In another few years, I’ll have been living outside of England for longer than I ever lived there.

And although England will always be my nation of birth, and my accent will always identify me as English, the length of time away has shifted my allegiances somewhat. For international sporting events, for example, I feel much more allegiance to the Irish team than I do for the English.

I guess England no longer feels like home to me.  Sure, it’s where I grew up, and it’s where I have family. But in my case, my feeling of connection to England has faded over time. And as such, I don’t really harbour any desire to return.

Some thoughts on Irish Citizenship for a British person

As a British person living in Ireland, I am afforded all the “freedom of movement” rights of EU citizens to work and live wherever I want in Europe.

I am free to reside and work in Ireland, and can travel without restriction in and out of the country. I don’t need to apply for visas or work permits, unlike non-EU migrants. And as such, I’m treated pretty-much as if I was an Irish citizen.

The freedoms are so universal that it’s hard to come up with many tangible differences between being an Irish or EU citizen. Here’s the only restrictions I can find:

  • I’m not allowed to vote in Presidential elections
  • I’m not allowed to vote in any referendum votes
  • I can’t stand as Irish President, or become a member of the Dáil or Seanad

I place quite a lot of value on the voting rights – as I’ve missed out on numerous referendums since moving here – and I feel a bit disenfranchised by not being able to vote on constitutional changes that will have a direct effect upon my life.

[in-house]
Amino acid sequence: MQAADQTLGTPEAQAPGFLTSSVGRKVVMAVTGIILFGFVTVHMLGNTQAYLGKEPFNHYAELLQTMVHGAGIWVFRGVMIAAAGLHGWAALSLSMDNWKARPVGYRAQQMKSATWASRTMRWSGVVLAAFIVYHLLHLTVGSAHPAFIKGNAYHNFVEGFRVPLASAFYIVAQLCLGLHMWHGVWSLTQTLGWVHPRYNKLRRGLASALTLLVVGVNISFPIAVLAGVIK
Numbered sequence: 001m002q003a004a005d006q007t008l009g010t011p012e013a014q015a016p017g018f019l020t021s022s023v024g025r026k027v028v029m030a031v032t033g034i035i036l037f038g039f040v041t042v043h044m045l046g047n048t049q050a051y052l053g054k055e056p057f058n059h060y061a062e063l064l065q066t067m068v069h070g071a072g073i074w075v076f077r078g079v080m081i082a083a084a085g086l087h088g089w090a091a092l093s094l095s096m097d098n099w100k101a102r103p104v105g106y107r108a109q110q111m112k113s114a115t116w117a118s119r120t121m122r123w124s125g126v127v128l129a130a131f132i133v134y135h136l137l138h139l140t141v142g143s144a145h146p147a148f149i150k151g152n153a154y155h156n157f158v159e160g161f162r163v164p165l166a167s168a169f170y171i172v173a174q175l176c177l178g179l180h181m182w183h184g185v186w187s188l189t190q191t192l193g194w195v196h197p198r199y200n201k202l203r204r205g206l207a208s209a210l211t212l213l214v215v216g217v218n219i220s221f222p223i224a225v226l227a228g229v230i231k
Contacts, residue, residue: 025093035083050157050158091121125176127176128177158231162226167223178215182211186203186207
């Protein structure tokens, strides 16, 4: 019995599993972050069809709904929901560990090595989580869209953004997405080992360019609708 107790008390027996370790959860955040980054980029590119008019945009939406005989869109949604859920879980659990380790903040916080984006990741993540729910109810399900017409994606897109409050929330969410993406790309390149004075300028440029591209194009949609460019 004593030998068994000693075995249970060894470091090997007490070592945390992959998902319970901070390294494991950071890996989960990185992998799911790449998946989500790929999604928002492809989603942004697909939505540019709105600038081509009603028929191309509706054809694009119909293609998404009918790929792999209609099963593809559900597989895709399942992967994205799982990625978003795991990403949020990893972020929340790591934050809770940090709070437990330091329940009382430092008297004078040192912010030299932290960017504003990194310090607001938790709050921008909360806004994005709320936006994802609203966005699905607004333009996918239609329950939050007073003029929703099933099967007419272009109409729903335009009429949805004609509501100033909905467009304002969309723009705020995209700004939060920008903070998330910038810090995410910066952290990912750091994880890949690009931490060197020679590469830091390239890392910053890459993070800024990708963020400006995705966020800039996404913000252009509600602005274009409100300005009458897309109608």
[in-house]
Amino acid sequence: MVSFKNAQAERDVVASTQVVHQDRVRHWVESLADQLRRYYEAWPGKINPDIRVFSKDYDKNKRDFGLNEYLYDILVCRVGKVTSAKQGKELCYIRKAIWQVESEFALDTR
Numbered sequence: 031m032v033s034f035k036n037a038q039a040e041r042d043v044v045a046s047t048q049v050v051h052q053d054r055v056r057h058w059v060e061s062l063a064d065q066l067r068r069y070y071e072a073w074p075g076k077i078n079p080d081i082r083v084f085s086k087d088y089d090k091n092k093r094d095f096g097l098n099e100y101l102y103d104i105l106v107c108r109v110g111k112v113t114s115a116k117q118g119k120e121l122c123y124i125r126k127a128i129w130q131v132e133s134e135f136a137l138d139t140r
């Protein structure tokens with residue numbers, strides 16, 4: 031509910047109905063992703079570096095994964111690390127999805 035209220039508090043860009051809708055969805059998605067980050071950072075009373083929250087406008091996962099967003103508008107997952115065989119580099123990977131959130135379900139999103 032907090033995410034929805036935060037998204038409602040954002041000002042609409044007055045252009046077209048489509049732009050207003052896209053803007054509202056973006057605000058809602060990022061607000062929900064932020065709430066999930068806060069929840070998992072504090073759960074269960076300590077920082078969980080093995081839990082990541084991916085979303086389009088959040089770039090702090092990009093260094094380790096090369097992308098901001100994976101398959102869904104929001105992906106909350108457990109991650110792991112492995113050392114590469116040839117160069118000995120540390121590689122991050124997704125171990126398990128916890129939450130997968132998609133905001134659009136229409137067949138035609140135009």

But are the voting rights on their own worth the €1,125 naturalisation fees, and the 6 months of bureaucracy and paperwork?

Personal Experience

For the last couple of years I’ve been pondering the idea becoming an Irish citizen. I’ve been living here over 8 years, my wife is Irish, and Ireland looks like it’ll be my home for the foreseeable future. I have deepening roots in this country, and yet sometimes I still feel like a foreigner.

I don’t know if citizenship will help me feel more Irish. I guess my British accent will always set me apart from those who grew up in Ireland. But maybe an Irish passport will help me feel less of an outsider.

Any maybe how I “feel” is what it all comes down to. With few tangible benefits, the major driving force to go for naturalisation would be to feel more at home.

The Numbers

I was hunting around the web for some statistics about the number of British people that apply to Irish naturalisation, but couldn’t find any breakdown of naturalisation by country. The naturalisation numbers just don’t appear to be published anywhere, which seems strange.

There are loads of figures about immigration , and the census breaks down the population by country of origin. Indeed, the last census recorded 390,000 EU nationals resident in Ireland, which amounts to about 8% of the population.  But I suspect that the number of those people applying for Irish citizenship is tiny.